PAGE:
While there are some special exceptions, most radio communication is usually achieved with the aid of upconversion and downconversion.
Basically, a transmitter starts with a circuit for modulating information (be it voice or data) onto a signal of conveniently low frequency that is easy to work with - a few tens or hundreds of kilohertz for narrowband applications, often somewhere between 10 and 45 MHz for wider band ones. At these frequencies analog circuits work well, or one can actually use a D/A converter at the output of a DSP that does the modulation mathematically. (For data rates higher than a "DSP chip" can handle, parallel logic in an ASIC or FPGA is used, so each individual path may only have to calculate every 8th or 32nd or whatevereth sample needed by the DA).
The transmitter also contains an oscillator or synthesizer for generating a signal closer to the desired transmitter frequency, and a mixer which multiplies the two signals together, causing generation of sum and difference frequencies. Either the sum or the difference will be the desired transmission frequency, and is selected by a filter, amplified and sent to the antenna. (Occasionally multiple stages of conversion are needed)
The receiver works the same way, only in reverse. A local oscillator signal is subtracted from the amplified antenna signal (or the other way around), creating an intermediate difference frequency that is back down in the range more convenient to work with (In AM broadcast receivers, typically 455 KHz - for FM, traditionally 10.7 KHz and then converted down againto to 455 KHz, though today staying at 10.7 MHz works too). This intermediate frequency can be processed by a demodulator circuity, or digitized in a fast A/D converter and fed into a potentially parallel DSP to complete the process.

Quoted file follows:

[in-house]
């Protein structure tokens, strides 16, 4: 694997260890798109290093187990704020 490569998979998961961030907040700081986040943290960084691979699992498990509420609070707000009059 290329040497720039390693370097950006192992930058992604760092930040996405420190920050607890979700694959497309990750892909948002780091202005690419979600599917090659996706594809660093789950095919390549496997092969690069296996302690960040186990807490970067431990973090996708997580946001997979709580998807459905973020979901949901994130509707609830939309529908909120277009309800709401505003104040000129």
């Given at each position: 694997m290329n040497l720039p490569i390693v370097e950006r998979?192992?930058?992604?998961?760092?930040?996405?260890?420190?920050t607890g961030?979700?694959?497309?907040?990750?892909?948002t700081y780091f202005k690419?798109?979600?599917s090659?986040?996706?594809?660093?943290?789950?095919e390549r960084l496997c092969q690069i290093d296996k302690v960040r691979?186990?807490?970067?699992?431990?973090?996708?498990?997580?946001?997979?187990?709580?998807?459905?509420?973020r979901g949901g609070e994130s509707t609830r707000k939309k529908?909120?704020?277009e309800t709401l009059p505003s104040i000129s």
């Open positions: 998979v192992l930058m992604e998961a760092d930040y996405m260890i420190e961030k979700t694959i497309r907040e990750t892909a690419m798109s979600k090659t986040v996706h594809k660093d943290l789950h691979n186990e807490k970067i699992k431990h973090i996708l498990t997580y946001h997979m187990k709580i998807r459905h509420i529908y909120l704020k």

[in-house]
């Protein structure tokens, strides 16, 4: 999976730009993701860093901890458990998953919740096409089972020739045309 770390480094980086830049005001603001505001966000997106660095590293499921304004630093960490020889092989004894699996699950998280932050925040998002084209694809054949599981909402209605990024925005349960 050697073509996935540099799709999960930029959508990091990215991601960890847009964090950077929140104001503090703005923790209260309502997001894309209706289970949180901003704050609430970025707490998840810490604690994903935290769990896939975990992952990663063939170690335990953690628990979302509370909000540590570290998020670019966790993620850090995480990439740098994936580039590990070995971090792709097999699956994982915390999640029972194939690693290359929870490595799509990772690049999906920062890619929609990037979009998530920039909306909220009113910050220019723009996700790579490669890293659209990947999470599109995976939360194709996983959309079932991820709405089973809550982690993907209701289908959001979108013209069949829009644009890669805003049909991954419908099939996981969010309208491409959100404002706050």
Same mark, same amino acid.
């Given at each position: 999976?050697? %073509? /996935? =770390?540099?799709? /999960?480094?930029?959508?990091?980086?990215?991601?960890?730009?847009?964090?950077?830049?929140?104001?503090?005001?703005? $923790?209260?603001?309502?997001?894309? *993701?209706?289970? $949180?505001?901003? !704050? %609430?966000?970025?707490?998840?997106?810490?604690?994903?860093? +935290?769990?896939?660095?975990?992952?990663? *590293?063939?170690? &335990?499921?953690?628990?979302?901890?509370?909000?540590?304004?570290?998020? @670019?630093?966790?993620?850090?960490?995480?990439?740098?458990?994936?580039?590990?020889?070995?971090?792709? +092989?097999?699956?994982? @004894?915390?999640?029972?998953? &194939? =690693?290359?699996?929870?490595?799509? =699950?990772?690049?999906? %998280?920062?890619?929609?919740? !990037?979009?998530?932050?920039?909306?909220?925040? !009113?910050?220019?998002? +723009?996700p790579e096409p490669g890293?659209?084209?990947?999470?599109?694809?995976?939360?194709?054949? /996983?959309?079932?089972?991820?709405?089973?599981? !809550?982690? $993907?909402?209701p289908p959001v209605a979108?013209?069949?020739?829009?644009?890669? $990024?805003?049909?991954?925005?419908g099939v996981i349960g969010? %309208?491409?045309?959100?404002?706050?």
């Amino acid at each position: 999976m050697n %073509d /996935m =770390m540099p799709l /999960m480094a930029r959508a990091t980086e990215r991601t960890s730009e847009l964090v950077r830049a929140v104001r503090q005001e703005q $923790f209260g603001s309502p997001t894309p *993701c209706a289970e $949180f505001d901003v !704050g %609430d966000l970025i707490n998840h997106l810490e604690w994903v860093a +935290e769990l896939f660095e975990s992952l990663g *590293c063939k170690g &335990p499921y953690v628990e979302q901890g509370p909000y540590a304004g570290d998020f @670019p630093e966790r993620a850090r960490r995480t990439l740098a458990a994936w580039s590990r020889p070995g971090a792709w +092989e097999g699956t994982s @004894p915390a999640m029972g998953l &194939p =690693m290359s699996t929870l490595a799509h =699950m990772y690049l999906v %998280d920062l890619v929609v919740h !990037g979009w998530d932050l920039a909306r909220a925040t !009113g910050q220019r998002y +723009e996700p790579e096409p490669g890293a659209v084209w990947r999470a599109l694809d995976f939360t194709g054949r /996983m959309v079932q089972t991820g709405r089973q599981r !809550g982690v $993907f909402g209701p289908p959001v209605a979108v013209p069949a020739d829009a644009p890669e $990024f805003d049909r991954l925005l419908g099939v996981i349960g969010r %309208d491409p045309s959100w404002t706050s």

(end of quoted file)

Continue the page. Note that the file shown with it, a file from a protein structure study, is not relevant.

If the desired bandwidth of data to be transmitted is less than about 10 KHz, one can actually use a computer soundcard to make a high performance receiver or transmitter, by positioning the intermediate frequency at say 10 KHz and using software to process a bandwidth spanning 5-15 KHz.
Today a common technique is to exploit some properties of complex numbers, and do the modulation/demodulation balanced around a center frequency of 0, such that it contains both positive and negative frequencies. By using two phases of the oscillator and something called an image reject mixer, one of the two resulting frequencies cancels and the other reinforces. However, two D/A or A/D converters are needed - one for the "I" phase and the other for the "Q". You can sort of do this with a stereo soundcard, though the DC blocking caps will create a hole in the passband right in the middle, at what gets converted to 0 frequency.